PEMBROKE PINES, Fla. – Facial recognition technology being used in police investigations is facing new scrutiny.

Some critics believe it struggles to identify people of color.

State driver’s license photos and booking mugshots are some of the tools used by investigators in Pembroke Pines and other cities throughout Florida as they try to identify criminals using facial recognition.

“With technology nowadays, people know how to use it to their advantage so I definitely think they should use it with some rules,” said Krystal Denis, who works in Pembroke Pines.

The city is now doing just that. In a workshop last week, Commissioner Angelo Castillo pushed for written guidelines governing how and when police can access the technology.

“This is going to be governed and managed, knowing that this is a tool of incredibly powerful use, but it’s also a highly suspect tool,” said Castollo.

Pembroke Pines police has an agreement with the state to access the database, which is run out of the Pinellas County Sheriff’s Office.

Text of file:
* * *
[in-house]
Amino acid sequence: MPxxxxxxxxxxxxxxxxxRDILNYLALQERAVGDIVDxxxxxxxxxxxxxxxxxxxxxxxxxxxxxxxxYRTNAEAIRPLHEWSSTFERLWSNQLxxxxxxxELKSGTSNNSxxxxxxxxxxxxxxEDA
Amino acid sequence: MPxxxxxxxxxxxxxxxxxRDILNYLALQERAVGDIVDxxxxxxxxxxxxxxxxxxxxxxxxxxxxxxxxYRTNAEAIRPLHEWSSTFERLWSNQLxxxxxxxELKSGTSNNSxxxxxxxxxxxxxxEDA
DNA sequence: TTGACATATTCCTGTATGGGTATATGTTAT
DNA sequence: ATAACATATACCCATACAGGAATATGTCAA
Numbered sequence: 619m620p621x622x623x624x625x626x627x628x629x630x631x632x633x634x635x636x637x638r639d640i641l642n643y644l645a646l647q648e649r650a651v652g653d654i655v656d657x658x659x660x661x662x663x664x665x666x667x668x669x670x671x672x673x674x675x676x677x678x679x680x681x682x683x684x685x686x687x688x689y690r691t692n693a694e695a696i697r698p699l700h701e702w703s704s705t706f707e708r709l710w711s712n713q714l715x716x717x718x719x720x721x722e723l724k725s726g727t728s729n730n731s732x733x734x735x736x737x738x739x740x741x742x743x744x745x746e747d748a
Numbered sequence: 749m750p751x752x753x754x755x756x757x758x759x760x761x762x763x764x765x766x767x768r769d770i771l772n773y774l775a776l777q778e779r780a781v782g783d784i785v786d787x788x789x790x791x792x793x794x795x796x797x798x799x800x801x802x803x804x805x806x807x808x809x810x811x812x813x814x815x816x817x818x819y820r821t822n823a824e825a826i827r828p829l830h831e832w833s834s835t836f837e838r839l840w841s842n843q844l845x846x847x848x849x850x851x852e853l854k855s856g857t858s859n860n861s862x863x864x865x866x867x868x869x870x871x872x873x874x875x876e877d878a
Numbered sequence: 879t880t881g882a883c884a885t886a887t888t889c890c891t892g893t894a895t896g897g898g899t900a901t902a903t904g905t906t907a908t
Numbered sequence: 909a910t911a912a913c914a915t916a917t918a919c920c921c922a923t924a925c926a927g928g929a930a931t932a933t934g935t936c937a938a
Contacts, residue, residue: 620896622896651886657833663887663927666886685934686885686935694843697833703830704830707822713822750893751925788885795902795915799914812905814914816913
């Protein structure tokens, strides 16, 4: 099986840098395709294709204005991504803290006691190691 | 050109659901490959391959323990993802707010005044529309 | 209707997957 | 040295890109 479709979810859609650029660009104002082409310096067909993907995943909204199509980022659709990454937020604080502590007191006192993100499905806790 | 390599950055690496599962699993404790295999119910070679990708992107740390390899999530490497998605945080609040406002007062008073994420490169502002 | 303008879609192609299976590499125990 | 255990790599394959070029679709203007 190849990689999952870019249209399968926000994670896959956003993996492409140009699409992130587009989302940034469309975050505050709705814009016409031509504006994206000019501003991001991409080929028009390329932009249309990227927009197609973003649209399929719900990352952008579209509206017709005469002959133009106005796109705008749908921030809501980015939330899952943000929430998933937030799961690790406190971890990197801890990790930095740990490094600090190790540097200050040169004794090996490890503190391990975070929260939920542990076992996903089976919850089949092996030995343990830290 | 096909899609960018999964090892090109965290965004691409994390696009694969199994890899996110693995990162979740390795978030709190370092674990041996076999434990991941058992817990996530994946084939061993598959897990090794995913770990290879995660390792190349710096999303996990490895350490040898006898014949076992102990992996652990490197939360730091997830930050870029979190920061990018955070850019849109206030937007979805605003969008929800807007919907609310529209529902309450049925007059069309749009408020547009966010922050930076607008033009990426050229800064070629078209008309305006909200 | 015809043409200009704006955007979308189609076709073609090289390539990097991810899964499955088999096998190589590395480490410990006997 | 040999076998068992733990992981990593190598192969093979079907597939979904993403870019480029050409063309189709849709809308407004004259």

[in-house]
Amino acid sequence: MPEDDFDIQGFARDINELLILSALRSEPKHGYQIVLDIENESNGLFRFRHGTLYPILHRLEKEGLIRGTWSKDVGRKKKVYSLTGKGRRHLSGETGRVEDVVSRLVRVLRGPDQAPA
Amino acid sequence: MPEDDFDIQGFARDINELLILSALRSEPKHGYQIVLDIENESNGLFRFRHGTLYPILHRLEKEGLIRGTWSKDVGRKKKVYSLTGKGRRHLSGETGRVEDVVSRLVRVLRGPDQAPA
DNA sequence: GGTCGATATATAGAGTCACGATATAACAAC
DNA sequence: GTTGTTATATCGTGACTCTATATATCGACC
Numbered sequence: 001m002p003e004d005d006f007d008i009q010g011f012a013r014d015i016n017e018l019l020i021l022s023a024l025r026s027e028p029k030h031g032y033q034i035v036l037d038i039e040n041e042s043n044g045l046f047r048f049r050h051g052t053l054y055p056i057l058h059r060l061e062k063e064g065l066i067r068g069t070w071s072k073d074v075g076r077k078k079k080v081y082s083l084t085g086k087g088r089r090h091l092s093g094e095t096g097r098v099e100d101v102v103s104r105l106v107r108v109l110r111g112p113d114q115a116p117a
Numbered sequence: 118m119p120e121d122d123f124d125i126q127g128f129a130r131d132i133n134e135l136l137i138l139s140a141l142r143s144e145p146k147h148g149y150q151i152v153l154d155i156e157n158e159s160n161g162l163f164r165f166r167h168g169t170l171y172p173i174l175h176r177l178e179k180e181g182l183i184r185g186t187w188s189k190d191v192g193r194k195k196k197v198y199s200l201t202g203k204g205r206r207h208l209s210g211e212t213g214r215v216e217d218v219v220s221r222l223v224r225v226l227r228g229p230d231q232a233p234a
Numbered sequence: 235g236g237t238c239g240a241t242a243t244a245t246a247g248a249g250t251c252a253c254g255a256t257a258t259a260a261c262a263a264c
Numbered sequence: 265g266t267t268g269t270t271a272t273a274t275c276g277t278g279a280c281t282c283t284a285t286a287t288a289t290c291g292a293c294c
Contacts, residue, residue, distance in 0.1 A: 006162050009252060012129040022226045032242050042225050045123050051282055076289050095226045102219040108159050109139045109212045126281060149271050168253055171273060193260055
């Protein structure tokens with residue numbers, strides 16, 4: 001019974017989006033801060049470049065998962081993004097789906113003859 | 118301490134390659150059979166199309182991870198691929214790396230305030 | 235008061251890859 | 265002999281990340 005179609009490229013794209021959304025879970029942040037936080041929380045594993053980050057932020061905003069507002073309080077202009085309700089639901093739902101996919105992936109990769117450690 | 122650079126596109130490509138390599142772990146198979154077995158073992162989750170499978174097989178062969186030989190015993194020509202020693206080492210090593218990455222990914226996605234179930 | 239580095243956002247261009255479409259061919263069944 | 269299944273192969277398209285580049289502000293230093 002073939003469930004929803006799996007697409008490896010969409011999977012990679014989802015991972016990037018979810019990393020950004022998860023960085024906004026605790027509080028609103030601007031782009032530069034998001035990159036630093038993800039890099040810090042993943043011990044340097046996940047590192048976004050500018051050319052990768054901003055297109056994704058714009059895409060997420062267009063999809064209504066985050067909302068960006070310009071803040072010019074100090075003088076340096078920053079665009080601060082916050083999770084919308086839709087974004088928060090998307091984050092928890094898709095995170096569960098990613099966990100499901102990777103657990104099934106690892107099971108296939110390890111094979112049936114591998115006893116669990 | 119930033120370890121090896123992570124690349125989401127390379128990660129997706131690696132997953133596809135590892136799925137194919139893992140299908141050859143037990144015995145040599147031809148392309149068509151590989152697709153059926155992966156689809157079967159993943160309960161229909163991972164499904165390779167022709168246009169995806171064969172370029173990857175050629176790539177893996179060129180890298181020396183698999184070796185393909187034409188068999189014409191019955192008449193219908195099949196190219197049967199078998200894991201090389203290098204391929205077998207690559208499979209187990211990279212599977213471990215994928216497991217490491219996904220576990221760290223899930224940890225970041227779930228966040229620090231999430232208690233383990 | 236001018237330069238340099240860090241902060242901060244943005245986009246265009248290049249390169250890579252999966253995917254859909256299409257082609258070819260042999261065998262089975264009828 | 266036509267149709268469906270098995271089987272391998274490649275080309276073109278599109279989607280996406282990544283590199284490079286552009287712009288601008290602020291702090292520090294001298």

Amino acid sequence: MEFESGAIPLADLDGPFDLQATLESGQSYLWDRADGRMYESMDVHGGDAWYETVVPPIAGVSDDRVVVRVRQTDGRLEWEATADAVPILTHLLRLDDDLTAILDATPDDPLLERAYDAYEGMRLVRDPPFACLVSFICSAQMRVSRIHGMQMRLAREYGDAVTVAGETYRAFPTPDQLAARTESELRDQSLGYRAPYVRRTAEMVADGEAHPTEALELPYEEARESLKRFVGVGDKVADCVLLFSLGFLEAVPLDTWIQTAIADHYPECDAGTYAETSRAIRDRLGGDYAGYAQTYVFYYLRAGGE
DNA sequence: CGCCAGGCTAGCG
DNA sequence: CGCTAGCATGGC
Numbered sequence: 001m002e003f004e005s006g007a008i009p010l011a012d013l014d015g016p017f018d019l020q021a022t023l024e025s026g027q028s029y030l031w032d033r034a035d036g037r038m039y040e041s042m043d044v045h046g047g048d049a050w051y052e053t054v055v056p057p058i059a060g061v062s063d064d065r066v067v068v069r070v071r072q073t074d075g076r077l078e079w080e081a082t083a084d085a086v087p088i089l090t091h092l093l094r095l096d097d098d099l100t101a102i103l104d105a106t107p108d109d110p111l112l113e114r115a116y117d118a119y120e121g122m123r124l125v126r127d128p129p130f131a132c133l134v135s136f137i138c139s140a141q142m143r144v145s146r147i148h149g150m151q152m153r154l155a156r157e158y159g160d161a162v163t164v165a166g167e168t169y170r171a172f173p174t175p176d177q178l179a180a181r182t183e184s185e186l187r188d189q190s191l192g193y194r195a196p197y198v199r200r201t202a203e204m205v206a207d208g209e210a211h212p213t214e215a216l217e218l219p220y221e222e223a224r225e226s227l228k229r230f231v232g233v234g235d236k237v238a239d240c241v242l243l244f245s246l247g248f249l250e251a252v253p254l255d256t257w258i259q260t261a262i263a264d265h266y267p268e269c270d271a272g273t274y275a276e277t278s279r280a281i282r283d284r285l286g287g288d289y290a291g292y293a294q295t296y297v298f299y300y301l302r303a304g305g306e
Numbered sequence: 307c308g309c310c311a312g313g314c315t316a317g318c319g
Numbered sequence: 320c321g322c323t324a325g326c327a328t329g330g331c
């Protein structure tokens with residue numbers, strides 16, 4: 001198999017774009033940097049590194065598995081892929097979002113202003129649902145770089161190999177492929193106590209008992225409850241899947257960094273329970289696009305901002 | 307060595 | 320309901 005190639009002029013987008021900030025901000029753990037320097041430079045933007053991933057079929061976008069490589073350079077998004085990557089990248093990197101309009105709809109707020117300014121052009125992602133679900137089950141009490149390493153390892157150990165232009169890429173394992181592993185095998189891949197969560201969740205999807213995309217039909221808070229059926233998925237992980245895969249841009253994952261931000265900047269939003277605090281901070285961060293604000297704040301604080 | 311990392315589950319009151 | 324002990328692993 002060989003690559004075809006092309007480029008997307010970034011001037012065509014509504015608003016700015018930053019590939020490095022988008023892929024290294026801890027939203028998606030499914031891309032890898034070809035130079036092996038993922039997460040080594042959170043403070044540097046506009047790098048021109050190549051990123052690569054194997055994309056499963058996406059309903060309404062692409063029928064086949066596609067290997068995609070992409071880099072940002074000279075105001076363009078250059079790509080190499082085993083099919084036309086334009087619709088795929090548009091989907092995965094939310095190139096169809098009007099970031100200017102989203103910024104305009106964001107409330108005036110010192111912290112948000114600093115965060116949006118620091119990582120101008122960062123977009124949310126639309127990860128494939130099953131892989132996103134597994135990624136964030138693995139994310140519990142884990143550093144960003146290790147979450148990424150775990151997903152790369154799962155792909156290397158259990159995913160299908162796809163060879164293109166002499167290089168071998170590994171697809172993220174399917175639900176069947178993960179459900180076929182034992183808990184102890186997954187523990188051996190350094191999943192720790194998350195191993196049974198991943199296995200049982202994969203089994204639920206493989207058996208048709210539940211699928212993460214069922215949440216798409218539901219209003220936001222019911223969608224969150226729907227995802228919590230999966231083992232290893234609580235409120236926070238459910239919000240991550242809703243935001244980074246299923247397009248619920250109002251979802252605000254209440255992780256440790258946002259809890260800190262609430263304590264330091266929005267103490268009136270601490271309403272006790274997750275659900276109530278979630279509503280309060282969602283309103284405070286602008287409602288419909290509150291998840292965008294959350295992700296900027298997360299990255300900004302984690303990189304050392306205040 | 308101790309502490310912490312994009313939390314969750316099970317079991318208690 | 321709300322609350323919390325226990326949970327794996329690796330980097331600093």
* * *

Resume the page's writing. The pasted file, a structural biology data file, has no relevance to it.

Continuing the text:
The system called FACES uses an image to map facial features and help make an id and potentially jumpstart an investigation.

“We’re not going to be using this in patrol cars, and we’re not going to be arresting people solely on how they appear,” said Castollo.

But critics believe misidentifications can and have happened.

Florida’s ACLU weighed in, urging the city to suspend use of these technologies. The ACLU told Local 10 News in a statement they, “Pose a threat to our constitutional rights, but also to people of color and other marginalized groups who are more likely to be misidentified—and bear the consequences.”

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